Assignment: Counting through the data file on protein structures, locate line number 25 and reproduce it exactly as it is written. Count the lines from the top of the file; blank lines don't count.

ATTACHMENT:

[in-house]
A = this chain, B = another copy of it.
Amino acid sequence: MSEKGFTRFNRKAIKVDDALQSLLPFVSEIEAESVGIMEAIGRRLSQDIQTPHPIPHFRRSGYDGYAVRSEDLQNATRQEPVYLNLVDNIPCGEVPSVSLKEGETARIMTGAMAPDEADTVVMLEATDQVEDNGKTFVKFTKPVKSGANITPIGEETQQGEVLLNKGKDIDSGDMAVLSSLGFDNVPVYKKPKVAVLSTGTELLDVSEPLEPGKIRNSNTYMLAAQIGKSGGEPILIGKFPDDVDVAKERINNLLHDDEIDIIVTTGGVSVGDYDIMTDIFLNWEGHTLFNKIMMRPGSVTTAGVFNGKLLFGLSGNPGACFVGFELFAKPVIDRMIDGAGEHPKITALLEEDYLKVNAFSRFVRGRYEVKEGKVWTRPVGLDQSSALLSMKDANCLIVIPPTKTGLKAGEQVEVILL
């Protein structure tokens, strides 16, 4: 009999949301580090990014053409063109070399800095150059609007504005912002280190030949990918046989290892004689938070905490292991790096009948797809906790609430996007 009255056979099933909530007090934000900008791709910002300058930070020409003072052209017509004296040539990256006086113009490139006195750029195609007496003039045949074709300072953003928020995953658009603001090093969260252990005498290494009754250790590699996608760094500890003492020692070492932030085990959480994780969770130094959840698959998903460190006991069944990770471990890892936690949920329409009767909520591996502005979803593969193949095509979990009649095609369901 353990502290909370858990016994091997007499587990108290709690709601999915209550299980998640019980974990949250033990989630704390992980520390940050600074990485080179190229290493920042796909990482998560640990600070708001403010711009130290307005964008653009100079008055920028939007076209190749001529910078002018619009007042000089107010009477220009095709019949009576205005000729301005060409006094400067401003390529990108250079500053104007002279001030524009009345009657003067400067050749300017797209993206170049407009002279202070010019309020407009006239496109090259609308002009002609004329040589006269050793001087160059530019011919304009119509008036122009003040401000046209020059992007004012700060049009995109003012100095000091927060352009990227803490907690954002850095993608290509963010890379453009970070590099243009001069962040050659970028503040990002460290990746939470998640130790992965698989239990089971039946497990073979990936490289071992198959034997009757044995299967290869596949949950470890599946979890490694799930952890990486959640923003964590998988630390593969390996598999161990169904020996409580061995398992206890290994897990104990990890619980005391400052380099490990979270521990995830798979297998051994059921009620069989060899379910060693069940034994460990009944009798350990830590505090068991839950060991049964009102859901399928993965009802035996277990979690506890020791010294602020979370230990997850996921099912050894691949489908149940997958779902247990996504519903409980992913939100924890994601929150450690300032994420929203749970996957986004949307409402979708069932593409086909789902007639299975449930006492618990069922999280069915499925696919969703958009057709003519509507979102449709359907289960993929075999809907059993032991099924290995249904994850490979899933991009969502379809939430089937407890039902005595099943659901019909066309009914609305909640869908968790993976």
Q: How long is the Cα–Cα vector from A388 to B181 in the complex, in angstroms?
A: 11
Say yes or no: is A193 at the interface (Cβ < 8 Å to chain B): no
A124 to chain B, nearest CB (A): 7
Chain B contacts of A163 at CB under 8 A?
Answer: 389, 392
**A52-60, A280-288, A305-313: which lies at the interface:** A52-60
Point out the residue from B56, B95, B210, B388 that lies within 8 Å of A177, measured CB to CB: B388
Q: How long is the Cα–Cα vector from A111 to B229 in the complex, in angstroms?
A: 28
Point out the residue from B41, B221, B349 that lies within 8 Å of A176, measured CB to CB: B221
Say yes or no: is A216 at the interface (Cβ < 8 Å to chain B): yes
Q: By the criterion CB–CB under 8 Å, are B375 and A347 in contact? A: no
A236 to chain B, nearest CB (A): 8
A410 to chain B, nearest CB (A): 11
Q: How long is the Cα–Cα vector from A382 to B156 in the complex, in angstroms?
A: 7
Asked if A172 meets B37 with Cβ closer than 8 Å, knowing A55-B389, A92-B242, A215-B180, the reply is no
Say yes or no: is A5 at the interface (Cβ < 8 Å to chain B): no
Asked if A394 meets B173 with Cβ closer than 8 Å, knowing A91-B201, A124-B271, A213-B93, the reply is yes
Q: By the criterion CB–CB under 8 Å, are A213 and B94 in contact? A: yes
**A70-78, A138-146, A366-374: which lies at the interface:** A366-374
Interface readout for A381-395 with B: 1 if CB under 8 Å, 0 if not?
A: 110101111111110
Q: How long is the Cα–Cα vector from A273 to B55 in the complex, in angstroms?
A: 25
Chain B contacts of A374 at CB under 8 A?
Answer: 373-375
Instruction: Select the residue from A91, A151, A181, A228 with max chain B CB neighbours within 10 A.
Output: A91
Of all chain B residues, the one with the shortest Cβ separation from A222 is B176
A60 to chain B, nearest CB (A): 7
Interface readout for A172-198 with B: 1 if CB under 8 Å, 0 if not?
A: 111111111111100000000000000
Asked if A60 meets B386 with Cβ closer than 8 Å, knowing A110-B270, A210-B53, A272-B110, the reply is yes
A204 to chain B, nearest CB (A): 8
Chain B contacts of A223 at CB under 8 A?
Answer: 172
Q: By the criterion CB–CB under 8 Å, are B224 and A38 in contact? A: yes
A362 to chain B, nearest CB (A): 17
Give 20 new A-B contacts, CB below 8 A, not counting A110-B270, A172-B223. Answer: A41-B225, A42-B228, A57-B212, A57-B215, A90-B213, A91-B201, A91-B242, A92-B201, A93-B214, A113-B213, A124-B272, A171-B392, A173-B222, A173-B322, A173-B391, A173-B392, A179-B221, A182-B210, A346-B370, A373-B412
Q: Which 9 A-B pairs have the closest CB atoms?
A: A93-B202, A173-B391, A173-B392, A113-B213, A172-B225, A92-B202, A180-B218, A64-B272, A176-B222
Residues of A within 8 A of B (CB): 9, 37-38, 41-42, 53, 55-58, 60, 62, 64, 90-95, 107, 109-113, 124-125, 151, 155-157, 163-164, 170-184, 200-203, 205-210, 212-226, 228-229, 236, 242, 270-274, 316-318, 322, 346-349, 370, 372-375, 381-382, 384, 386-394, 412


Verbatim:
Q: By the criterion CB–CB under 8 Å, are A213 and B94 in contact? A: yes